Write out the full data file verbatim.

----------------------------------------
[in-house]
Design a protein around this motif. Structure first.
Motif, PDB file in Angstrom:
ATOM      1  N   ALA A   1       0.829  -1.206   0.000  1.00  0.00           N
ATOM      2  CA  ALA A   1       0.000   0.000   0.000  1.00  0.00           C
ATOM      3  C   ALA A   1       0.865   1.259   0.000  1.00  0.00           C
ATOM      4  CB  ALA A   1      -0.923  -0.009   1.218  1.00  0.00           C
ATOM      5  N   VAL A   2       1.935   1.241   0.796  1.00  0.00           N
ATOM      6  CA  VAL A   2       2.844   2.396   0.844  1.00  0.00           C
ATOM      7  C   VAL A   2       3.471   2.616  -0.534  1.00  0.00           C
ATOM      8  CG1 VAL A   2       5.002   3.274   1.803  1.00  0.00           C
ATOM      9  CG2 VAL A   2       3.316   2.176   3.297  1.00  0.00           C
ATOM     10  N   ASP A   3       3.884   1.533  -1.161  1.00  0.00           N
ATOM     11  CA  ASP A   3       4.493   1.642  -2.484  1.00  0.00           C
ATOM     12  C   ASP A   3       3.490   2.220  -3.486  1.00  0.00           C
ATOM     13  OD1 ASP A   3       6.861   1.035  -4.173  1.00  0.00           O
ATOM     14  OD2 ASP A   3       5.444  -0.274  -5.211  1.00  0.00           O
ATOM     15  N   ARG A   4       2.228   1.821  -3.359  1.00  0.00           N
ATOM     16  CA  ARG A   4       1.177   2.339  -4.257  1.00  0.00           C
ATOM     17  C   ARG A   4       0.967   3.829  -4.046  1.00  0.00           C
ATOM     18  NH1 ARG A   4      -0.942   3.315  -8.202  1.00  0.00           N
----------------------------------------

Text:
[in-house]
Design a protein around this motif. Structure first.
Motif, PDB file in Angstrom:
ATOM      1  N   ALA A   1       0.829  -1.206   0.000  1.00  0.00           N
ATOM      2  CA  ALA A   1       0.000   0.000   0.000  1.00  0.00           C
ATOM      3  C   ALA A   1       0.865   1.259   0.000  1.00  0.00           C
ATOM      4  CB  ALA A   1      -0.923  -0.009   1.218  1.00  0.00           C
ATOM      5  N   VAL A   2       1.935   1.241   0.796  1.00  0.00           N
ATOM      6  CA  VAL A   2       2.844   2.396   0.844  1.00  0.00           C
ATOM      7  C   VAL A   2       3.471   2.616  -0.534  1.00  0.00           C
ATOM      8  CG1 VAL A   2       5.002   3.274   1.803  1.00  0.00           C
ATOM      9  CG2 VAL A   2       3.316   2.176   3.297  1.00  0.00           C
ATOM     10  N   ASP A   3       3.884   1.533  -1.161  1.00  0.00           N
ATOM     11  CA  ASP A   3       4.493   1.642  -2.484  1.00  0.00           C
ATOM     12  C   ASP A   3       3.490   2.220  -3.486  1.00  0.00           C
ATOM     13  OD1 ASP A   3       6.861   1.035  -4.173  1.00  0.00           O
ATOM     14  OD2 ASP A   3       5.444  -0.274  -5.211  1.00  0.00           O
ATOM     15  N   ARG A   4       2.228   1.821  -3.359  1.00  0.00           N
ATOM     16  CA  ARG A   4       1.177   2.339  -4.257  1.00  0.00           C
ATOM     17  C   ARG A   4       0.967   3.829  -4.046  1.00  0.00           C
ATOM     18  NH1 ARG A   4      -0.942   3.315  -8.202  1.00  0.00           N